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CEA moots privatisation of public sector banks

The immediate priority is to strengthen the performance of the banks, merge the small banks with the larger banks to build scale and then prepare them for privatisation.

MMA has several firsts to its credit in conceiving and conducting a large number of programmes on management practices. The current year witnesses a quantum jump in this activity. There is Nithya Kalyanam(s)! One is bombarded daily with info on four to five programmes!
A major landmark is the construction of a modern building at the heart of the city in Thousand Lights well-equipped with a large auditorium, library and hi-tech facilities.
MMA presented in the recent annual convention, Chief Economic Adviser, Arvind Subramanian. The CEA, known for his articulation, presented a strong case for opening up the public sector banks for majority private participation.
Indira Gandhi’s nationalisation helped in the massive expansion of the reach and of deposits and lending. But interference from the government, lack of effective regulation and a bureaucratic culture affected their performance. Over the last decade PSBs have suffered serious deterioration in their operations. Profligate lending to infrastructure companies had resulted in mounting non-performing assets. The government has been baling the PSBs out by frequent capitalisation through budgetary support. This is not sustainable.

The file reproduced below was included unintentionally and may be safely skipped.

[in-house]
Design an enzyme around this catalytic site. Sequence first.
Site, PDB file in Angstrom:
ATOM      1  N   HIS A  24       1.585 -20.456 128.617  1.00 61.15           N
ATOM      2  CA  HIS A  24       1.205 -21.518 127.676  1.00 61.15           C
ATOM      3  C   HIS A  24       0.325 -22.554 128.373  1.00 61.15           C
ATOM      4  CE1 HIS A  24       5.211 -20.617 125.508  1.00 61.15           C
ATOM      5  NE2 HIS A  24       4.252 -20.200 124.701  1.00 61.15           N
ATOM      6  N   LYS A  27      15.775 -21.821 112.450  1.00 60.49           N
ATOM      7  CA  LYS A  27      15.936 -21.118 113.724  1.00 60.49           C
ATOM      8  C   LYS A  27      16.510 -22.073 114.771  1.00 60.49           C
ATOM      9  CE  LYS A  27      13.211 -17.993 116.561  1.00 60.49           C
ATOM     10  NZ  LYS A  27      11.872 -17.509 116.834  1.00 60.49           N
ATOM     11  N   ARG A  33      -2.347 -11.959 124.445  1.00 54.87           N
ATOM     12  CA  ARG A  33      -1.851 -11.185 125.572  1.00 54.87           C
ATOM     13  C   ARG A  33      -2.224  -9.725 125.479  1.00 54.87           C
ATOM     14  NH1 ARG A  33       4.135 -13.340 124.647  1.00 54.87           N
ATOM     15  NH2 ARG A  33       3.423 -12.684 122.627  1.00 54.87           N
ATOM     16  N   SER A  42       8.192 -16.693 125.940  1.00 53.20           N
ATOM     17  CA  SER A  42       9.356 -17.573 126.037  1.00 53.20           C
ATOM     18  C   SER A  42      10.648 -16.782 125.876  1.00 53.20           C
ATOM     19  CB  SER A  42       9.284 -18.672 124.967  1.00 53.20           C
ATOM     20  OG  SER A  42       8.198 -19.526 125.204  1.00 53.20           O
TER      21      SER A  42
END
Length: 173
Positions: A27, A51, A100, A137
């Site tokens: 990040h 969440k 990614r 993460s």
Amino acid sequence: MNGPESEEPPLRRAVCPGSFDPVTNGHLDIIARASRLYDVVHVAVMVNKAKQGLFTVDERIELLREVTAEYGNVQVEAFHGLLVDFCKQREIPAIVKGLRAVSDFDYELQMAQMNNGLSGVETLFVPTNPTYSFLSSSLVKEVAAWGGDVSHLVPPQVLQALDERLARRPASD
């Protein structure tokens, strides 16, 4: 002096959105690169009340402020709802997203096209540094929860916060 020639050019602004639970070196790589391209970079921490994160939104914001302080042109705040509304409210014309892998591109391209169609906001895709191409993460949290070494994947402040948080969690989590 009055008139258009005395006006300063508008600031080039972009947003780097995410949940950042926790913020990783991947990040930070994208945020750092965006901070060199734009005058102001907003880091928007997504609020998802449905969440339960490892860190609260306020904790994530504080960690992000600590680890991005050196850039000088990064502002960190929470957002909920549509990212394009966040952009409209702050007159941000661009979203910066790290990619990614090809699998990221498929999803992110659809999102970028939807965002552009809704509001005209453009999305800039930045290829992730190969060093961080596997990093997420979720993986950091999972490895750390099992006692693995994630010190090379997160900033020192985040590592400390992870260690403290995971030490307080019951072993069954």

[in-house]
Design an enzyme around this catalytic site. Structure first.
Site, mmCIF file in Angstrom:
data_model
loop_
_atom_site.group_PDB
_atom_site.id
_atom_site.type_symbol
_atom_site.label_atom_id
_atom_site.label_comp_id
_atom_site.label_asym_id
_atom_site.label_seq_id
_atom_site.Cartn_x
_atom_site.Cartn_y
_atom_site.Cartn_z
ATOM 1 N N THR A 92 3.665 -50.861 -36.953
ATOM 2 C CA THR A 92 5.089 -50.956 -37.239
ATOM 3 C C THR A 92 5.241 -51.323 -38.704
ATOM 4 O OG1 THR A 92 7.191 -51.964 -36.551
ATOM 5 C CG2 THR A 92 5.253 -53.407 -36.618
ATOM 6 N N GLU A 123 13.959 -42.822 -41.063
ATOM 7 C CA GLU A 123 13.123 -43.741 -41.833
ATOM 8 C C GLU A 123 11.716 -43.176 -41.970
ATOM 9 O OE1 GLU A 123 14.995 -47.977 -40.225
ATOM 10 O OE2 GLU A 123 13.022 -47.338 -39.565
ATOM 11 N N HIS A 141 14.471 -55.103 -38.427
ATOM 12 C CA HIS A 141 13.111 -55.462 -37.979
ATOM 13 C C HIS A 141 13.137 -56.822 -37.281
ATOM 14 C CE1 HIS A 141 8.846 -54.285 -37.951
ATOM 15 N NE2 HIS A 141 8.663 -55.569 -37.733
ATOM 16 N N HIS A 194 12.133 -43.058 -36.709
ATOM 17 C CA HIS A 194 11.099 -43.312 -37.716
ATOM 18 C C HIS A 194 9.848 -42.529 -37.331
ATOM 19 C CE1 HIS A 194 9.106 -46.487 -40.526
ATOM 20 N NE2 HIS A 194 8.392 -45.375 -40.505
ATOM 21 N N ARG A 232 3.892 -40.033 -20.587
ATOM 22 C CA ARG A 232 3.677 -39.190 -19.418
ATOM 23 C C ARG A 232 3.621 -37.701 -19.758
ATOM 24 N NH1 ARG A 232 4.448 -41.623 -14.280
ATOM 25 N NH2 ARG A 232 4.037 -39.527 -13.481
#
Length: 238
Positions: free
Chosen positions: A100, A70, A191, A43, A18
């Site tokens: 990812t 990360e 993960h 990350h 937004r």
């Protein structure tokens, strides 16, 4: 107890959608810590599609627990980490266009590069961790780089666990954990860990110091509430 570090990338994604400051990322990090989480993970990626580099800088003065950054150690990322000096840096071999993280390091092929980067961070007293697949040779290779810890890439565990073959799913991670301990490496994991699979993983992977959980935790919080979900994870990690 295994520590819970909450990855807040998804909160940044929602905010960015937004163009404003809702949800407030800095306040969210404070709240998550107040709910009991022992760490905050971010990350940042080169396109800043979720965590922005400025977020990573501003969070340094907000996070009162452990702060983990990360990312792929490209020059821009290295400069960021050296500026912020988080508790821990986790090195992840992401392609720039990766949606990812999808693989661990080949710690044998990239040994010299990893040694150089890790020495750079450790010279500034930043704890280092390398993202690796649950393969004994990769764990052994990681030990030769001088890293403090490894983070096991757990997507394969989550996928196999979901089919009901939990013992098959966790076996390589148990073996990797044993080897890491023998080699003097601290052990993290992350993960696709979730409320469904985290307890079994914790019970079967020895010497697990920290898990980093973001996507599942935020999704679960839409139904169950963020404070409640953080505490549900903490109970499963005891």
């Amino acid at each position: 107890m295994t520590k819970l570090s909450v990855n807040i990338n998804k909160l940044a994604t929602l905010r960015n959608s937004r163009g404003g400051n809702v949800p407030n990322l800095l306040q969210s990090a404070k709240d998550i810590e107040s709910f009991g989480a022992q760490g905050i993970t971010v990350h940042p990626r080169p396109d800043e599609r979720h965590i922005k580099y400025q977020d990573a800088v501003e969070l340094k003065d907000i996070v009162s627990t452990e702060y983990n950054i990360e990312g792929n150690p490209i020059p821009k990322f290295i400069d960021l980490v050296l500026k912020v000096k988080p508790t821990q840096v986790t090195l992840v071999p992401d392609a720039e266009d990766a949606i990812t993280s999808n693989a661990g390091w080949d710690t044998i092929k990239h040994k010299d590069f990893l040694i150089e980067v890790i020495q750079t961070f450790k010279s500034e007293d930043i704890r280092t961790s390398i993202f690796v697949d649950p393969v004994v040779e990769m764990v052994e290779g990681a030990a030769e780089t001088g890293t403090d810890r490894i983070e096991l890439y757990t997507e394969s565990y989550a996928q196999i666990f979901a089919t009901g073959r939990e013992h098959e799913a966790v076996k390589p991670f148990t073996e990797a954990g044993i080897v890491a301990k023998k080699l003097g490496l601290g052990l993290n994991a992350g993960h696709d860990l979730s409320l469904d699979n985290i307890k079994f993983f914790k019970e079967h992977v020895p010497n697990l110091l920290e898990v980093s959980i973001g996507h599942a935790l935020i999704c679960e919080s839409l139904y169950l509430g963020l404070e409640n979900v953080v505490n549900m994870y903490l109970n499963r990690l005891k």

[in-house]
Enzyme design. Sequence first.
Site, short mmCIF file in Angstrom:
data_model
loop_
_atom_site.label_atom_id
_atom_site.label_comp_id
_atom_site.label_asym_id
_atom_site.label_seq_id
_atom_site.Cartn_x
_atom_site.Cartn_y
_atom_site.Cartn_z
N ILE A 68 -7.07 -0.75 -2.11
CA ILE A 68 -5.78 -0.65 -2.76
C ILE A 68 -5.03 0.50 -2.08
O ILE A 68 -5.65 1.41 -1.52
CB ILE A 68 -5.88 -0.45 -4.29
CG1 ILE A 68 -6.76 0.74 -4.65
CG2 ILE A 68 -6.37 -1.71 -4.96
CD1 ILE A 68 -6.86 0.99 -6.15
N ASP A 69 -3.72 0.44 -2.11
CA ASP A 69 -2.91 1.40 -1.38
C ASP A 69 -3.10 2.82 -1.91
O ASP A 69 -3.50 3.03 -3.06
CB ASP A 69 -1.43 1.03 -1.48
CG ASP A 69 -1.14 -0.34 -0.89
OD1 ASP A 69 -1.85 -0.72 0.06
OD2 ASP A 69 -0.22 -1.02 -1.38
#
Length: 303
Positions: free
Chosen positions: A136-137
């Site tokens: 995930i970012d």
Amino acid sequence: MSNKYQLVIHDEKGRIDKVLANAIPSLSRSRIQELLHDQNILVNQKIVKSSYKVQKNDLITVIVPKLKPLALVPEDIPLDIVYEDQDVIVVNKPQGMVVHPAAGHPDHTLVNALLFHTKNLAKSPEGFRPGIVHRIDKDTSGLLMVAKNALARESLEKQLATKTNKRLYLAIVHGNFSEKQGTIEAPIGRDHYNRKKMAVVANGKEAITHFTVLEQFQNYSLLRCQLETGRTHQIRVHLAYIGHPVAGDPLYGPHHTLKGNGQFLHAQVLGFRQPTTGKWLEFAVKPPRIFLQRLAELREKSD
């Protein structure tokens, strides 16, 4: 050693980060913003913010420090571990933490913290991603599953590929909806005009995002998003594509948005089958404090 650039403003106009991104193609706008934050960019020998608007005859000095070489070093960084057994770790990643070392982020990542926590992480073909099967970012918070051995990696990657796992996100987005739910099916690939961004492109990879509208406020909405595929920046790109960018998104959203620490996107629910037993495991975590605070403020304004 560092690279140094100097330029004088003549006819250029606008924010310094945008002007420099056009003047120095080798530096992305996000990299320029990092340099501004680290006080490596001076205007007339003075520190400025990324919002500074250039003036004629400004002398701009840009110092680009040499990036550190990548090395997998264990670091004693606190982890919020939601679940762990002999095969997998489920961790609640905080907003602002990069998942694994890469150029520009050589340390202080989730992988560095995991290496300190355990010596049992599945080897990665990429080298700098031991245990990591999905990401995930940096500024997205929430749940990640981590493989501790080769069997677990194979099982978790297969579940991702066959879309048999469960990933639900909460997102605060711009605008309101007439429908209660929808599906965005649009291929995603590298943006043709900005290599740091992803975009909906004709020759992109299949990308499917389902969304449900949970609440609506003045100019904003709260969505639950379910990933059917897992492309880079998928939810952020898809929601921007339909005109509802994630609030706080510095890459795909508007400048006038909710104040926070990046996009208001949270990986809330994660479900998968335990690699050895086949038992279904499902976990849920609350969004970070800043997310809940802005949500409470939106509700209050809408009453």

The CEA’s suggestion is rational, but the timing is not opportune. Bank shares have shed much of their value; offering participation to the public now may not evoke interest in investments. The clean-up of the balance sheets initiated by Raghuram Rajan and the bold plan to experiment positioning proven professionals from outside at the top have been a help.
The immediate priority is to strengthen the performance of the banks, merge the small banks with the larger banks to build scale and then prepare them for privatisation. There is a disposition on the part of the government to build size. It started with merging State Bank with its subsidiaries followed by the merger of HPCL and ONGC and now the proposal to merge the three general insurance companies.
As a continuation of this policy one can expect merger of several banks to build size and then allow private participation. With that the burden of frequent re-capitalisation will cease. But with elections round the corner, with no consensus on such major issues among political parties and strong trade unions there would be resistance to the move towards privatisation. – SV

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